By the name, noninformative prior, the prior distribution doesn't contain any information about the parameter. Then why we use this thing to estimate the parameter by the Bayesian approach?
The purpose of using a non informative prior is to utilize a more objective approach. Non-informative priors allow the data to have a greater influence on the posterior. Though, if you have enough data, your choice of prior is not really going to matter.
That said, the term non-informative can be misleading. A uniform distribution does input information into a model since it provides equal probability weight to extreme values (imagine SAT scores, a non-informative prior would say that a perfect score is just as likely as an average score on the scale).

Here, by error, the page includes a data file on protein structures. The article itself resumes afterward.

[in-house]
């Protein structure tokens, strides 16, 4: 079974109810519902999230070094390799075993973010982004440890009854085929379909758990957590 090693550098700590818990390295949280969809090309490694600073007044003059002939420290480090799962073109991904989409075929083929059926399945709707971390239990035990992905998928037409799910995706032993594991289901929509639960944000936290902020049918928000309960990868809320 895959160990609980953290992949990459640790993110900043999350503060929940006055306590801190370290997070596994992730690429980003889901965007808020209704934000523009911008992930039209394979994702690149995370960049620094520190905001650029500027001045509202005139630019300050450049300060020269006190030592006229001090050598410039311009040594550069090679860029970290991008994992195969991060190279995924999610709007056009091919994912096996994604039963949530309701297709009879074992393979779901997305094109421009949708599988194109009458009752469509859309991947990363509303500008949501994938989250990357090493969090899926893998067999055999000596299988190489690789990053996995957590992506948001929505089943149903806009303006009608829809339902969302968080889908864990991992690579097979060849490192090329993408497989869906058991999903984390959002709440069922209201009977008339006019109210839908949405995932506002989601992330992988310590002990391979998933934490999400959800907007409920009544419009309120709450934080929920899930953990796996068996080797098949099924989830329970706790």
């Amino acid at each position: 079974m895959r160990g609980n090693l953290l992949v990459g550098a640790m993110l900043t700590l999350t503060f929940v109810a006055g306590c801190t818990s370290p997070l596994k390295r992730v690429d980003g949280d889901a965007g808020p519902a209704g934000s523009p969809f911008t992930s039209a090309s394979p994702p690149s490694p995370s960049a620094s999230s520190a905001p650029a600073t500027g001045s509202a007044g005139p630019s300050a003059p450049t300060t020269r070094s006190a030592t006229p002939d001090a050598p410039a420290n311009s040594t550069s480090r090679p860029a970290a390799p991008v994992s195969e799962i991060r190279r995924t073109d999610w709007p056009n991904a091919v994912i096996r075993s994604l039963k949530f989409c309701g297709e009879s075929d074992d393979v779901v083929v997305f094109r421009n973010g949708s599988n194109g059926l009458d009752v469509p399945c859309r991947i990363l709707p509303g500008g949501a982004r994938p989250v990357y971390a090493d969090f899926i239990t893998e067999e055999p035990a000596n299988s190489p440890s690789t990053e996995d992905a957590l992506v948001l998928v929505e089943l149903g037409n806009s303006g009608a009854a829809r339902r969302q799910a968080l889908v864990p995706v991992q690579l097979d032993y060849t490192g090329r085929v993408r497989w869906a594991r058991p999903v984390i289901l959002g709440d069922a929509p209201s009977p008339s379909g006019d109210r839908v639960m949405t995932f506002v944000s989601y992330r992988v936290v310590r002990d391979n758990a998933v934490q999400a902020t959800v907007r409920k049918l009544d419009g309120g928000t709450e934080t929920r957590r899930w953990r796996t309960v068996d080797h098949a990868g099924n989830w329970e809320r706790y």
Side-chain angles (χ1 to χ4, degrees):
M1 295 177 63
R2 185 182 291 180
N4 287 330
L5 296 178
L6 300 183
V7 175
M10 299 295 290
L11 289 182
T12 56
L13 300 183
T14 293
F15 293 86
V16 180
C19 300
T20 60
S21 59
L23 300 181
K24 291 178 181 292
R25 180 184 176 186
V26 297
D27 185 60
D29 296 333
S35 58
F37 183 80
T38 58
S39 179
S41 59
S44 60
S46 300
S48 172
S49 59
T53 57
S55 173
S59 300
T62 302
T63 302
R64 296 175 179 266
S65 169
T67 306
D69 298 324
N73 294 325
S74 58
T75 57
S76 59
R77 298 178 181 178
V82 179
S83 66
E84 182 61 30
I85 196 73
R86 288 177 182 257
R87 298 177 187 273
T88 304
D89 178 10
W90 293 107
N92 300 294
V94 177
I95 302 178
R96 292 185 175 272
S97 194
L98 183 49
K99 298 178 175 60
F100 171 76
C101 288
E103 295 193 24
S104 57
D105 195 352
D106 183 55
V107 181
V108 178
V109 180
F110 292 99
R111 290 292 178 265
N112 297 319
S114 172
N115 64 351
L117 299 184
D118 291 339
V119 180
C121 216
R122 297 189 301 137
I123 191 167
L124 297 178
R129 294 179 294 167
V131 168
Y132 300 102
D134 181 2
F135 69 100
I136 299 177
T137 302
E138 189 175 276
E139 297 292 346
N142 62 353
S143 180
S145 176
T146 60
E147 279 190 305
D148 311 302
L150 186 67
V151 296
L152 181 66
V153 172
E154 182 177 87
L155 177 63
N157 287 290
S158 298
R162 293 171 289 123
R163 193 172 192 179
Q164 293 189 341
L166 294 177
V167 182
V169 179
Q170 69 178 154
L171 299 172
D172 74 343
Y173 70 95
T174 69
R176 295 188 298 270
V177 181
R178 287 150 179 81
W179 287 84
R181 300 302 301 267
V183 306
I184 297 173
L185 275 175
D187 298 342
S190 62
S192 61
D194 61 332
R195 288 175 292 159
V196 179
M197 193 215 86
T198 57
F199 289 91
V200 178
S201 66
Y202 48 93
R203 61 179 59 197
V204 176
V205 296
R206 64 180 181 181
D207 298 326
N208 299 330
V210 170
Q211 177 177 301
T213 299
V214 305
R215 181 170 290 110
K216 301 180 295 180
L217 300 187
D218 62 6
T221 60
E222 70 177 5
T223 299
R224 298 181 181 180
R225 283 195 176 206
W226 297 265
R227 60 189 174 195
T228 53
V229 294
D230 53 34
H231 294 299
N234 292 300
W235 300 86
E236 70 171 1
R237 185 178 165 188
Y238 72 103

In my own research, I have bought into McElreath's line of reasoning and use semi-informative priors. These are priors that work more to regularize results rather than input any information into a model. I find them more useful than a non-informative prior when modeling a parameter that I do not have strong prior information about.